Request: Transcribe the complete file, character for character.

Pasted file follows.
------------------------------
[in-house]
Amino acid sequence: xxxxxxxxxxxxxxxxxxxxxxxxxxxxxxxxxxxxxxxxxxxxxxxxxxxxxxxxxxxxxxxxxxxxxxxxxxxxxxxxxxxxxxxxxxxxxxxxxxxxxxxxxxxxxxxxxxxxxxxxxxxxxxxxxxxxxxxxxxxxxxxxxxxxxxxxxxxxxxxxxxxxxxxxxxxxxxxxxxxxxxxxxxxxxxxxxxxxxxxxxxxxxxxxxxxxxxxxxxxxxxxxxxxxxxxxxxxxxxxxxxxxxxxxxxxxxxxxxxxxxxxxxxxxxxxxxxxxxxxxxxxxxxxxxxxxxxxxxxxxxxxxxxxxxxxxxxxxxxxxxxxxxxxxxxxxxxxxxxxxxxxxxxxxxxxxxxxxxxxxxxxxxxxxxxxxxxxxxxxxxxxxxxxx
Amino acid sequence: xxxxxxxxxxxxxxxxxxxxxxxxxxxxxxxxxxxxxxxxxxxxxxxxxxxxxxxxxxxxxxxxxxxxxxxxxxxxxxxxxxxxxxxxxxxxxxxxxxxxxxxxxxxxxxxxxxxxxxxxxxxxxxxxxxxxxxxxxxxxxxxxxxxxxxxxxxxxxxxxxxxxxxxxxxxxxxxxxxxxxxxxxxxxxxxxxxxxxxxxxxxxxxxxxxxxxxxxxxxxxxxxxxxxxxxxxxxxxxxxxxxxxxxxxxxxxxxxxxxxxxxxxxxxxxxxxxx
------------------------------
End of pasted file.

[in-house]
Amino acid sequence: xxxxxxxxxxxxxxxxxxxxxxxxxxxxxxxxxxxxxxxxxxxxxxxxxxxxxxxxxxxxxxxxxxxxxxxxxxxxxxxxxxxxxxxxxxxxxxxxxxxxxxxxxxxxxxxxxxxxxxxxxxxxxxxxxxxxxxxxxxxxxxxxxxxxxxxxxxxxxxxxxxxxxxxxxxxxxxxxxxxxxxxxxxxxxxxxxxxxxxxxxxxxxxxxxxxxxxxxxxxxxxxxxxxxxxxxxxxxxxxxxxxxxxxxxxxxxxxxxxxxxxxxxxxxxxxxxxxxxxxxxxxxxxxxxxxxxxxxxxxxxxxxxxxxxxxxxxxxxxxxxxxxxxxxxxxxxxxxxxxxxxxxxxxxxxxxxxxxxxxxxxxxxxxxxxxxxxxxxxxxxxxxxxxx
Amino acid sequence: xxxxxxxxxxxxxxxxxxxxxxxxxxxxxxxxxxxxxxxxxxxxxxxxxxxxxxxxxxxxxxxxxxxxxxxxxxxxxxxxxxxxxxxxxxxxxxxxxxxxxxxxxxxxxxxxxxxxxxxxxxxxxxxxxxxxxxxxxxxxxxxxxxxxxxxxxxxxxxxxxxxxxxxxxxxxxxxxxxxxxxxxxxxxxxxxxxxxxxxxxxxxxxxxxxxxxxxxxxxxxxxxxxxxxxxxxxxxxxxxxxxxxxxxxxxxxxxxxxxxxxxxxxxxxxxxxxx